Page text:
Friday, March 25, 2005

News of the Day (March 25)

European people siding against their leaders on embargo: The European people continue to oppose the plans of their own leaders to lift the European Union arms embargo against Communist China (International Herald Tribune). They got some added support from the British Parliament, where “the defense, foreign affairs, international development, and trade and industry committees of the House of Commons” (Cybercast News) advised against lifting the weapons ban. France and Germany have been pushing for the ban to end, while Britain has recently been all over the place.

Communists warn Taiwanese on rally against “anti-secession law”: As President Chen Shui-bian prepares to lead hundreds of thousands of Taiwanese in a march against Communist China’s “anti-secession law” (Voice of America via Epoch Times), the cadres used their mouthpieces in the press to warn “that the protests could worsen already tense relations between the two sides” (BBC). Luckily, Communist China, which has never set foot on Taiwan, can’t arrest anyone – yet. Meanwhile, Taiwanese Premier Frank Hsieh loudly defended his country’s right to exist in the Washington Post.

Hu Jintao tells SNK cadre to stick to talks: The Communist leader supposedly told Stalinist Premier Pak Pong-ju “that dialogue is the only way to settle the dispute” (Washington Times). Given the history of the talks, this is less surprising than it seems.

Kyrgyz opponent to land giveaway to Communists named Attorney General: The downfall of Kyrgyzstan tyrant Askar Akayev has brought Azimbek Beknazarov, who became a dissident there due to his opposition to a treaty that gave 90,000 hectares to the Communists (twelfth paragraph), into the new government. He is now Attorney General (Zaman Online, Turkey). No reaction has come from Communist China, but as Stratfor noted (via Cybercast News) the cadres “have a tendency to view any upheaval in regions where they take interest as part of a conspiracy orchestrated by the United States.”

Canadian Foreign Minster hears it for silent at UN on Communist rights abuses: Canadian Foreign Minister Pierre Pettigrew refused to discuss Communist China during a speech “to the United Nations Commission on Human Rights” (Epoch Times). For that, Amnesty International, local Tibetan and Uighur groups, and Conservative MP Jason Kenney (the fellow who visited Zhao Ziyang’s family to pay his condolences, seventh item) ripped Pettigrew for his silence on the Communists.

Dr. Jiang Yanyong – SARS hero and Tiananmen critic – freed from house arrest: Communist China has released Dr. Jiang Yanyong from house arrest (Washington Post, fourth item). The good doctor blew the whistle on a 2003 SARS cover-up in Beijing, and a year later publicly called for the Communists to admit that the Tiananmen massacre was a mistake. He had been under detention of some kind for over nine months.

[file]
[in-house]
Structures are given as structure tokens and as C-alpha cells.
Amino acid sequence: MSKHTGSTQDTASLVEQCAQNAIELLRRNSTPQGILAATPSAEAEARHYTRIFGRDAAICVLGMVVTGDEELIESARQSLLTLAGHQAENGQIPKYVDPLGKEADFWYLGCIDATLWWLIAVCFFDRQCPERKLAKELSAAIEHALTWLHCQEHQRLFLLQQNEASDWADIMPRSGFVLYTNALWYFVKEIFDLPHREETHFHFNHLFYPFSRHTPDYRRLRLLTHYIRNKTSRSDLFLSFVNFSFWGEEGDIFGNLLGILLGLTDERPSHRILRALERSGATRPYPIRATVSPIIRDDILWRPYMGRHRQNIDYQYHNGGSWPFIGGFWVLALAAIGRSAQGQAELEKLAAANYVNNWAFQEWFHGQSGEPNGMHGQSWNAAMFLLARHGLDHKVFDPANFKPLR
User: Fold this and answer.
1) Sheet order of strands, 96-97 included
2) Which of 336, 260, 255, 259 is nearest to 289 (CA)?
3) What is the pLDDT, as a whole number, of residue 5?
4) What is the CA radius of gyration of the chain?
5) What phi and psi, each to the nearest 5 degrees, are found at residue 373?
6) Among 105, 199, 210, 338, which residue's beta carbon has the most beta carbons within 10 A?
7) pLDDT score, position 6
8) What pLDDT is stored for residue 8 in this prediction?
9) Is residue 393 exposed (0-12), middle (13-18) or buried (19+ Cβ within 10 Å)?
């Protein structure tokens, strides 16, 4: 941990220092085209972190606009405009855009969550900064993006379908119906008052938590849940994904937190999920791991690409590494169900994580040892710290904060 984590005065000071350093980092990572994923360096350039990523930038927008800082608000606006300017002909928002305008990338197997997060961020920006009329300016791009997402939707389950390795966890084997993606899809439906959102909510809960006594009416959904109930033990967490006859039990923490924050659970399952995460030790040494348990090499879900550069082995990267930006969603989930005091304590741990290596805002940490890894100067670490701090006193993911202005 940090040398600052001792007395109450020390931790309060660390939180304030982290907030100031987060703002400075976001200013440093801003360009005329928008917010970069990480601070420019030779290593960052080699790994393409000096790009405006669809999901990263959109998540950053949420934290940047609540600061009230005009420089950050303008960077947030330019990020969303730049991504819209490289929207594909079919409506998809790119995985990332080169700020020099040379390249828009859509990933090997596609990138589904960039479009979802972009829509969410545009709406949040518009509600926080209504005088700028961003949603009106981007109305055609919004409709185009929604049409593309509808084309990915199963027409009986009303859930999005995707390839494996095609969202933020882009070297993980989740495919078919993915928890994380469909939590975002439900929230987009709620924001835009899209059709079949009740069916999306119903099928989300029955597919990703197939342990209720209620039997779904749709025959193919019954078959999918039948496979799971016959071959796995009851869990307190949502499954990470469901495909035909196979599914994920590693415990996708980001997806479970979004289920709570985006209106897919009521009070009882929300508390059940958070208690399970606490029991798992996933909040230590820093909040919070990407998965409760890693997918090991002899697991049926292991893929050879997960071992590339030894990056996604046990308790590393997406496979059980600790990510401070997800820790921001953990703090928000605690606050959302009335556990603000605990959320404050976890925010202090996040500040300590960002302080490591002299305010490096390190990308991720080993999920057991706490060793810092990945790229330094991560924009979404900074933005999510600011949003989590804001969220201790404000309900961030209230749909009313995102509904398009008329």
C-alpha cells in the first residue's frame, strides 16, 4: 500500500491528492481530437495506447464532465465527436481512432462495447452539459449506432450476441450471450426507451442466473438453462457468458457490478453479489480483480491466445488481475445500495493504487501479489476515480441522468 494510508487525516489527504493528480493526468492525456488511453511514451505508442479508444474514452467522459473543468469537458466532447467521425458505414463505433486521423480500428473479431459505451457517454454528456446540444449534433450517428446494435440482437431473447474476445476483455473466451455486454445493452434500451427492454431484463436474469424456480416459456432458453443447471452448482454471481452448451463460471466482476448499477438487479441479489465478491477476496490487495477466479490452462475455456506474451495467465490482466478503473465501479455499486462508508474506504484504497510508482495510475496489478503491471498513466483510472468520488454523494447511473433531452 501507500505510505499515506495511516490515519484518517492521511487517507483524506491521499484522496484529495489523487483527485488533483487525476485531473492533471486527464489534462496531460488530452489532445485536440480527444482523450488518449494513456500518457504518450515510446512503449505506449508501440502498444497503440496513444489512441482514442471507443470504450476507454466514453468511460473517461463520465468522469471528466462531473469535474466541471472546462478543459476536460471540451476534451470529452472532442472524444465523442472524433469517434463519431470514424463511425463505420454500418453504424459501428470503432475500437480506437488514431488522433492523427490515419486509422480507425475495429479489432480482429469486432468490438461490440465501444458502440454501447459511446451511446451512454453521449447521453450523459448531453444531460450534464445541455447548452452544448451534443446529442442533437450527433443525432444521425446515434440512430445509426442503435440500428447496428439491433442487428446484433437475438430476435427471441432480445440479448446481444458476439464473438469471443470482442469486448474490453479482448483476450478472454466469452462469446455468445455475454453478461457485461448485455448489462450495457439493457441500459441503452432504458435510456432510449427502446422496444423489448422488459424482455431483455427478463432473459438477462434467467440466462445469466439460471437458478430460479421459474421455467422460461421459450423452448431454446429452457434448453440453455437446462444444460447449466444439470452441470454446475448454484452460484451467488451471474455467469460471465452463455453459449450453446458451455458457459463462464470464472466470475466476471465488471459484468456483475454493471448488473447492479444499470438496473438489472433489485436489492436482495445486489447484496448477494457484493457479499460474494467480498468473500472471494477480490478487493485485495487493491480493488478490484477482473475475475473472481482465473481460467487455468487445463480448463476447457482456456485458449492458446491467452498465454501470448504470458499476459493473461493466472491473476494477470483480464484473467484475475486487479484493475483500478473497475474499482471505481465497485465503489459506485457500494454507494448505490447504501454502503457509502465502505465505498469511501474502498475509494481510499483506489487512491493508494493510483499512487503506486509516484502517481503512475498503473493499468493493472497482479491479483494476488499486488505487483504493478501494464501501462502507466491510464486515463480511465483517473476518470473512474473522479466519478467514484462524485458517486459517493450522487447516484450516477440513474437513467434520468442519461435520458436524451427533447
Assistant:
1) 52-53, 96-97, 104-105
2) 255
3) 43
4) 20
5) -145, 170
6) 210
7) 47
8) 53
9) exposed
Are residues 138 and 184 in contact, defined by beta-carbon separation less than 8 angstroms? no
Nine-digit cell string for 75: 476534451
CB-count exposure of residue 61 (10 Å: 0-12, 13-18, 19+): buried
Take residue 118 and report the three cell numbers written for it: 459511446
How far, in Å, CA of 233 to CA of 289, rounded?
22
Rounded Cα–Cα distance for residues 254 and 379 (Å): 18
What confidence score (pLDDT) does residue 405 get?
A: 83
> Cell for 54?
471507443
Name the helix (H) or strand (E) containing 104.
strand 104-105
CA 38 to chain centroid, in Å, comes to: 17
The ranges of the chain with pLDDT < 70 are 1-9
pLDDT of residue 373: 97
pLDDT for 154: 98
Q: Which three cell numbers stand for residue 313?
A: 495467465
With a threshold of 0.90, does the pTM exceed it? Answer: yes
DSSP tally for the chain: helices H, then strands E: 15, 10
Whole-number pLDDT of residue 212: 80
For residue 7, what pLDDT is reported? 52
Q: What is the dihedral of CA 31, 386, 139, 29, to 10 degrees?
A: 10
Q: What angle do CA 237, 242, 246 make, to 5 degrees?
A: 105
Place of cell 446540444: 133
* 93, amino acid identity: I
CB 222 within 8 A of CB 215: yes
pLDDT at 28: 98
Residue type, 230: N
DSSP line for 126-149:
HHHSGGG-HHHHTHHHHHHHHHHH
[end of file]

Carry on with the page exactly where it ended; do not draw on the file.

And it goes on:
Two young workers in Communist China buried alive by cadres in cover-up: In order to cover up the role of a factory in poisoning five female workers, three of whom were “under 16, the legal age for factory work” (Washington Post), cadres in Xixuying, a town 200 miles southwest of Beijing, buried alive two of the five girls. The parents won a visit from “a team from the Public Security Ministry to exhume the bodies and conduct tests to confirm the cause of death.” However, the Beijing “team” left several questions unanswered, and the locals of Beixinzhuang, the home village of the deceased are not happy. The factory also best symbolizes the farcical nature of “private” ownership – its “owner” is Xixuying’s Deputy Mayor.

East Turkestan cadre resigns as Nine Commentaries spread throughout Beijing: A Vice-Department of Public Security for “Xinjiang” – the name the cadres have given East Turkestan during its nearly fifty-six year occupation of that nation) – has quit the Chinese Communist Party after 30 years. He rips his ex-colleagues for persecuting Falun Gong, slandering the Tiananmen massacre victims, and the mass murder of the Uighurs. Two university students – Feng Daosheng and Lu Siwen – talked to Sound of Hope Radio about the wave of resignations (now approaching half a million). Among others commenting on this were Chen Jun, Epoch Times (which has all the links in this item), and two ex-members who – for obvious reasons – prefer to be known only as Ms. Zhang and Mr. Guan. Meanwhile, the Nine Commentaries on the Chinese Communist Party continue to spread in Beijing via short-wave radio.

Time Asia examines investing in Communist China: Somewhat surprisingly, they don’t bring rose-colored glasses to the subject (Jim Erickson). One banker, despite doing well, has deep, well-founded suspicions about Communist China, in part due to his suffering during the Cultural Revolution (Michael Schuman). Jim Huang, who has also succeeded, had this to say to Hannah Beech: “there are con artists everywhere. They will cook their books. They will lie during presentations.” The other three pieces (Schuman again, Susan Steptoe, and Susan Jakes) have the more Pollyannaish spin. In particular, Jakes completely ignores the fact that her subject may have succeed due to family ties.

Other Commentary and Analysis: Barton W. Marcois, of RJI Capital Corp., and attorney Leland R. Miller detail Communist China’s true intentions in the Middle East, and how they conflict with ours, in the Washington Times. Michael Elliot has a mediocre review in Time Asia of the continent’s geopolitical situation. Kishore Mahbubani, dean of the Lee Kuan Yew School of Public Policy in Singapore, has a much worse piece in the magazine on what she thinks U.S. policy toward the Communists should be. William Green, also of Time Asia, talks about property prices in Communist China – and forgets to mention the role of corrupt cadres and land seizures in Communist “real estate.”

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